As Plant With Purpose prepares to begin its work in Ethiopia, our international team has spent time learning from local leaders and experts about its environment. The East African nation has seen a number of changes over the past year, including a new prime minister, its first female president, as well as the end of a longstanding war. As the country enters a new season of change, its people also have the opportunity to take a new look at its ecological challenges.
Here are a few of the key things we’ve learned throughout our mission help Ethiopians restore their environment.
Ethiopia and its neighbors are at risk of hunger
Between 2011-2013, a severe food shortage swept through Eastern Africa. Ethiopia, along with Kenya, Somalia, Djibouti, and Eritrea were the countries most badly affected by the lack of food. The shortage not only caused an immediate spike in hunger, but food prices also became unstable, affecting the countries’ economies.
While things have gotten a bit better in recent years, the country is still geographically prone to drought and food shortages. An especially severe famine killed close to half a million people between 1983-1985. The lack of nutrients in Ethiopia’s soil is one of the main culprits. With undernourished crops, the absence of rain for a prolonged period of time can trigger a food crisis that affects millions.
Overgrazing is one of the key factors behind deforestation
One of the reasons why Ethiopia’s soil is in its present condition is due to deforestation. The lack of trees to protect water flow and preserve nutrients in the soil causes significant depletion. Trees are cleared for many reasons, such as expanding the size of farmable land as coping for food shortage. Local construction efforts also frequently use certain timber materials.
Many tribes and people groups in Ethiopia also follow a pastoral tradition. The keeping of large herds of cattle is a particularly common activity in the Ethiopian highlands. When these activities become oversaturated in certain areas, grasslands are quickly consumed and turned bare. One of Plant With Purpose’s aims is to promote silvopasture to better integrate traditional livelihoods with environmental concerns.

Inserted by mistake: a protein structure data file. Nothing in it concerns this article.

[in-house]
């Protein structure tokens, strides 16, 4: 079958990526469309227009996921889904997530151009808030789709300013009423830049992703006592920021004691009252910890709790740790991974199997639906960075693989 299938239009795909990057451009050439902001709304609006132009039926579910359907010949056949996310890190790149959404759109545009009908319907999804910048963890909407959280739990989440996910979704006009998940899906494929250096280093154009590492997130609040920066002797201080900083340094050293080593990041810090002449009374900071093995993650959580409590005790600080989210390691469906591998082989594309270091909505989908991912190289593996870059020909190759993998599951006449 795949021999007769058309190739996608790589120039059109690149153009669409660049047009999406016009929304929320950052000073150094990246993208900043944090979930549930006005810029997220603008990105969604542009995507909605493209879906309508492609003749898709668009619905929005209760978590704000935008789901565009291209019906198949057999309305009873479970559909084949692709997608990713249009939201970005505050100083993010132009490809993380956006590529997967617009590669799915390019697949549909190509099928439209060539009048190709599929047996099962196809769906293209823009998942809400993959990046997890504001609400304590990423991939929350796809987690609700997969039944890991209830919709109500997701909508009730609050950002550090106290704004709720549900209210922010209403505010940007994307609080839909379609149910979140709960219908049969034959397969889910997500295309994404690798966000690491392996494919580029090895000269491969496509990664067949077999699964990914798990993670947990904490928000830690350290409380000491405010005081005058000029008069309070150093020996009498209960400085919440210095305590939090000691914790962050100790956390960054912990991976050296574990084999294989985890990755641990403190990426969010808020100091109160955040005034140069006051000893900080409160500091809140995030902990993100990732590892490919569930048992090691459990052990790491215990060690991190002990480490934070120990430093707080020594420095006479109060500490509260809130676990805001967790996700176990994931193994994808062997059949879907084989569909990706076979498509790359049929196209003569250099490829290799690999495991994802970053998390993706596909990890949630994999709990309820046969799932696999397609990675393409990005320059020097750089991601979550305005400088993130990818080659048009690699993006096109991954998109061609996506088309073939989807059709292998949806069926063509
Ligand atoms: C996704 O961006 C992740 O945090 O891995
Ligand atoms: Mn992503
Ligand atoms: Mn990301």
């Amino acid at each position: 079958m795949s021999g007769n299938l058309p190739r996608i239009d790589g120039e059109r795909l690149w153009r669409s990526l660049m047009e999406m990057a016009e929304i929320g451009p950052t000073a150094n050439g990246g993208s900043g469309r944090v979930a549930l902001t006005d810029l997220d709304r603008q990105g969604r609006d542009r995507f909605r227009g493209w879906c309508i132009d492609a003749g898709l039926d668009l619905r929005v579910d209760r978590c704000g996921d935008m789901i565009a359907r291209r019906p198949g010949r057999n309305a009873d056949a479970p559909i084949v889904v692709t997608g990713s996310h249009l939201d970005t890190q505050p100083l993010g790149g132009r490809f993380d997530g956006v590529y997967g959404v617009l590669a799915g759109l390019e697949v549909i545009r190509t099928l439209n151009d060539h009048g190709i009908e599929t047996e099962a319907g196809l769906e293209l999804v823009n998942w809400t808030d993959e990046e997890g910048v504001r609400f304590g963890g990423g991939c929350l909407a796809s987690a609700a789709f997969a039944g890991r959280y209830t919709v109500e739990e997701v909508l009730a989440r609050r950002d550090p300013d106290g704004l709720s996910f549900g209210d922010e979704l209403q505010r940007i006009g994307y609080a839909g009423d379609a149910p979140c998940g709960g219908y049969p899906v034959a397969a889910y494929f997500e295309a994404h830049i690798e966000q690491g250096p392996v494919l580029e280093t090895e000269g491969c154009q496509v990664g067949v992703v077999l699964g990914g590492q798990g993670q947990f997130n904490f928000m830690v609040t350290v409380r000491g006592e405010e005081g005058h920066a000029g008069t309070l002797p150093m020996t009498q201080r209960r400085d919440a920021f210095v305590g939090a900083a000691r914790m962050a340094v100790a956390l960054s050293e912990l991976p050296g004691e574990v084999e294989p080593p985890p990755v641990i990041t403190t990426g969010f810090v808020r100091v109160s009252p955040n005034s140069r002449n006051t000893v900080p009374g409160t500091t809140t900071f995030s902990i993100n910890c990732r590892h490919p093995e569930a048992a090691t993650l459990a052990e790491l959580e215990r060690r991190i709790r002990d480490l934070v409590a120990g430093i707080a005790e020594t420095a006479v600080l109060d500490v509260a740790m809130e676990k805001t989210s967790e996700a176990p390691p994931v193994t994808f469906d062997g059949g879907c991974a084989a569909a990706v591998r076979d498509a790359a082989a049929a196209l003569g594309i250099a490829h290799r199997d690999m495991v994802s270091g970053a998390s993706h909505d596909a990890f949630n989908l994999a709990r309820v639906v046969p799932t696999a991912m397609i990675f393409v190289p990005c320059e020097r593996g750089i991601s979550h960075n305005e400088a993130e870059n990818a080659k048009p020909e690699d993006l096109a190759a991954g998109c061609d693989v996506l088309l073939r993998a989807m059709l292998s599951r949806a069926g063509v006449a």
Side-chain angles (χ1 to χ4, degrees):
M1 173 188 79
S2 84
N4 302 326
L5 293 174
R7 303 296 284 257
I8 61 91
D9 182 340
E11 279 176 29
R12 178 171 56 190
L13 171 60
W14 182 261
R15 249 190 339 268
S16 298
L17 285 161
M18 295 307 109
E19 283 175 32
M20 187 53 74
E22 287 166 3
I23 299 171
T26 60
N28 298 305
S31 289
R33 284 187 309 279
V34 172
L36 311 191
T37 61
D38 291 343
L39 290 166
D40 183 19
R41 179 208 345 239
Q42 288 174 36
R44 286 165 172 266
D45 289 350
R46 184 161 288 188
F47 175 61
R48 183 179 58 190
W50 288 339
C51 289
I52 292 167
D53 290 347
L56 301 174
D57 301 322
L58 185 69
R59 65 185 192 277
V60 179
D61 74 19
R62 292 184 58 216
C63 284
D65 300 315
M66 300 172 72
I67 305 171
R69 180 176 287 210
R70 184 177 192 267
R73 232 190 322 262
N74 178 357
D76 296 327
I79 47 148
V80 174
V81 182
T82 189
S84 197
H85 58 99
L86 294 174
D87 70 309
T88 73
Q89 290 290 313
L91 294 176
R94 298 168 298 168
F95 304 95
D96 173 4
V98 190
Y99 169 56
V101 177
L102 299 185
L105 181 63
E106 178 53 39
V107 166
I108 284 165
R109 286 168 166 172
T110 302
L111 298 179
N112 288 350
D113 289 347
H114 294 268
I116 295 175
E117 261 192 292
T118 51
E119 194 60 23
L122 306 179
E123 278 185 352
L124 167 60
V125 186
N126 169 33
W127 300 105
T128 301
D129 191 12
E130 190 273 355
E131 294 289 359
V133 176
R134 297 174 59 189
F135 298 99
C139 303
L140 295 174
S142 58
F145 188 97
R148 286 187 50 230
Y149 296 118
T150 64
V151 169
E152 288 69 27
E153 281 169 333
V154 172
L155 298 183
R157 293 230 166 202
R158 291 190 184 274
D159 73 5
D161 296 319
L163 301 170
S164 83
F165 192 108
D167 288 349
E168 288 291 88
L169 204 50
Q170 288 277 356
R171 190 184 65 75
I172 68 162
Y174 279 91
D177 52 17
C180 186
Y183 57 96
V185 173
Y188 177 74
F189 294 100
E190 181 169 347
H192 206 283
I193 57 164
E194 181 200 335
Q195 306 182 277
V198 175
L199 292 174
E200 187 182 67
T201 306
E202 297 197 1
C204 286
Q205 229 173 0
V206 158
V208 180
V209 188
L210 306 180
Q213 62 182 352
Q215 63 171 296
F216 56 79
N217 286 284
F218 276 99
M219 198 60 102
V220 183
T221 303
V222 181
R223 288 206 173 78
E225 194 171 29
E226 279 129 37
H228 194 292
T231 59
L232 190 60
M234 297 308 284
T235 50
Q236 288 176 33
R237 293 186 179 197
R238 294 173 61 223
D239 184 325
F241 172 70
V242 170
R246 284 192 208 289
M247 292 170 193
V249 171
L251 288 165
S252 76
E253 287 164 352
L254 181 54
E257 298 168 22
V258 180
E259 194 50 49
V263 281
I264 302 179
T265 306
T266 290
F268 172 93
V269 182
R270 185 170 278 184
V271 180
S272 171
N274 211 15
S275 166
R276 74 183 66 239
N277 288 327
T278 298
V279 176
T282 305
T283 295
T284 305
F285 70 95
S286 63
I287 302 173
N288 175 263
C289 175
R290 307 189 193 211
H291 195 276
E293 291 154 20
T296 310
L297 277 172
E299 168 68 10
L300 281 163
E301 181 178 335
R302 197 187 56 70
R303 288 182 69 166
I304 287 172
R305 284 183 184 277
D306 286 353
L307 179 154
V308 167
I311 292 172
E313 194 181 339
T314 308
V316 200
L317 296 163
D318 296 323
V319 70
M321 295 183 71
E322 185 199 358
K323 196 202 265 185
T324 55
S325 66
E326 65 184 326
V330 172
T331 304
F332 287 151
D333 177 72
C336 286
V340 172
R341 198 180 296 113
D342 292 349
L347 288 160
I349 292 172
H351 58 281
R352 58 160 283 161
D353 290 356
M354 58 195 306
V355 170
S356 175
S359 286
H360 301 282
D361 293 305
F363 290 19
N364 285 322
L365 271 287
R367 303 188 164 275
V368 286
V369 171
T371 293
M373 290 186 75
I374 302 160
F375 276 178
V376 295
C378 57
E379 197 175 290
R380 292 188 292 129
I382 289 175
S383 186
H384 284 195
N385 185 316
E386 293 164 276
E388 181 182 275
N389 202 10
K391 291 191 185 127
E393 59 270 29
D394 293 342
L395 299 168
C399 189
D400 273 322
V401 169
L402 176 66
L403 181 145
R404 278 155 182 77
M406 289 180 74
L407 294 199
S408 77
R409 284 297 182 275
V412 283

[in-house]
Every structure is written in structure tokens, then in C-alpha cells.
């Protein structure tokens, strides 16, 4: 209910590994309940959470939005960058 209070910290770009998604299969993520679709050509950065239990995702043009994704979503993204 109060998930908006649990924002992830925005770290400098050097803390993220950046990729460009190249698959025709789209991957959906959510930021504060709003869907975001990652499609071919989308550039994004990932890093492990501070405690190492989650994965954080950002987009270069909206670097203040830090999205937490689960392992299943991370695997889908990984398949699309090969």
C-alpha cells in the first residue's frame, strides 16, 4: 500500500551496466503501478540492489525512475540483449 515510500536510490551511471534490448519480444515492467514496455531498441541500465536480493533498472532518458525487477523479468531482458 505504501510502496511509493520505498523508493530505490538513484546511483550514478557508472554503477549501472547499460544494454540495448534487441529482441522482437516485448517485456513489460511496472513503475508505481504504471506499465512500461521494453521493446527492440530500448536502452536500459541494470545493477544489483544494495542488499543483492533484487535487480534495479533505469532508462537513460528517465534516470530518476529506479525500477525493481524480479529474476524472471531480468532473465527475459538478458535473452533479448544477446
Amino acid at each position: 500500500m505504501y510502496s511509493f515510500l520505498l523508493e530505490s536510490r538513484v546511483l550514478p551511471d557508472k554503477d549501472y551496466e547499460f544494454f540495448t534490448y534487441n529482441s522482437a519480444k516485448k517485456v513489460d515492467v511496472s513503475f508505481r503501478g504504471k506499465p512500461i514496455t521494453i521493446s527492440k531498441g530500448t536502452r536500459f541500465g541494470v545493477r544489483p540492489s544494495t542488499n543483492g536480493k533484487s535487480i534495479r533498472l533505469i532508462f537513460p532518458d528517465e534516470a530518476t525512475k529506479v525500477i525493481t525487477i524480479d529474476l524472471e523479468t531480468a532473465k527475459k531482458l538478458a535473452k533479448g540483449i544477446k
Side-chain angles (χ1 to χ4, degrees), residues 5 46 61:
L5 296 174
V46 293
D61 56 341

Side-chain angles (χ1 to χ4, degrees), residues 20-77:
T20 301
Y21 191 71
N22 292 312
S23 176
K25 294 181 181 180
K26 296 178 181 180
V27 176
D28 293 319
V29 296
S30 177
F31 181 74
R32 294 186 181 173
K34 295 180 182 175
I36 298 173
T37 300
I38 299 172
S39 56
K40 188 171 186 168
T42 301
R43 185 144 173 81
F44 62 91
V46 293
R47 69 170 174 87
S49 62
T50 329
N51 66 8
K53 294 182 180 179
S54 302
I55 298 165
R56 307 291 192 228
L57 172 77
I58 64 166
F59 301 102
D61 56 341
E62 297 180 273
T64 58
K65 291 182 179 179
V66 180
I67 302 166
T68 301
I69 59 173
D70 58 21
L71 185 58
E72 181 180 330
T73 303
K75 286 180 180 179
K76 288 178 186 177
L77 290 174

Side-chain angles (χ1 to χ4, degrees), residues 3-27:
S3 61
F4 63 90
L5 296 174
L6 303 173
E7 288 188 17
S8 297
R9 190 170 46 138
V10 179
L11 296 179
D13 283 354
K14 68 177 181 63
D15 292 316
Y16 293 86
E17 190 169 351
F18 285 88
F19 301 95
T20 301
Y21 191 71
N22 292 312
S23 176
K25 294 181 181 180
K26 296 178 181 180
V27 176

The country’s agricultural sector is critical
About 80% of Ethiopia’s population are rural subsistence farmers. They typically live from harvest-to-harvest and are among the most vulnerable to food shortages. A report from the United Kingdom’s Department for International Development describes: “Agriculture remains central to the Ethiopian economy and is critical to the success of Ethiopia’s agricultural-development-led industrialisation strategy. Yet agriculture is dependent on soil and land quality, which are highly degraded.”
The coffee industry in Ethiopia is a significant one, however farmers would benefit from an overall practice of crop diversification. Plant With Purpose aims to use proven peer-to-peer methods as a way to engage farmers in environmental restoration.
Water scarcity is a significant issue
About 61 million people in Ethiopia lack access to clean and safe water. Estimates by Lifewater suggests that around 8% of the world’s water crisis is located within Ethiopia. In rural villages, women as well as children typically do the majority of water collection. This can take two to three hours each day, affecting their ability to earn an income, manage businesses, or go to school. In certain areas, the journey to water presents a safety risk.
Plant With Purpose’s program reduces the amount of time it takes to collect water by about one-third, on average. This is accomplished through cistern construction, along with water source protection. Trees are an especially valuable instrument in protecting natural water sources from drying up.
The church plays an active role in forest preservation
The Ethiopian Orthodox Church is one of the largest denominations in the world, and the majority of its practitioners reside in Ethiopia. The Ethiopian church has a particularly distinct tradition of protecting and caring for forests as a spiritual discipline.
Visible from above in Ethiopia are circular patches of forests in barren landscapes. These almost always indicate the presence of a church in the center. These forests also reveal what the land could look like without the impact of deforestation. In these forests, churches hold a number of ceremonies, including prayer gatherings and burials.
Pollution is a growing concern
As a country full of valleys with limited rain, Ethiopia’s air easily becomes concentrated with trapped particles and other pollutants.
Ethiopia’s economy is also steadily rising, and its urban population in centers like Addis Ababa continues to grow. As more and more of its population gain access to cars and other industrial tools, its air quality is put in jeopardy. An increase in trees, however, may be the most potent way to absorb and offset rising emissions.
Ethiopia is a land full of promise, as its church forests indicate. We are excited to begin working there and to take you along for the journey. Interested in contributing to environmental restoration in Ethiopia? Learn more about becoming a Purpose Partner!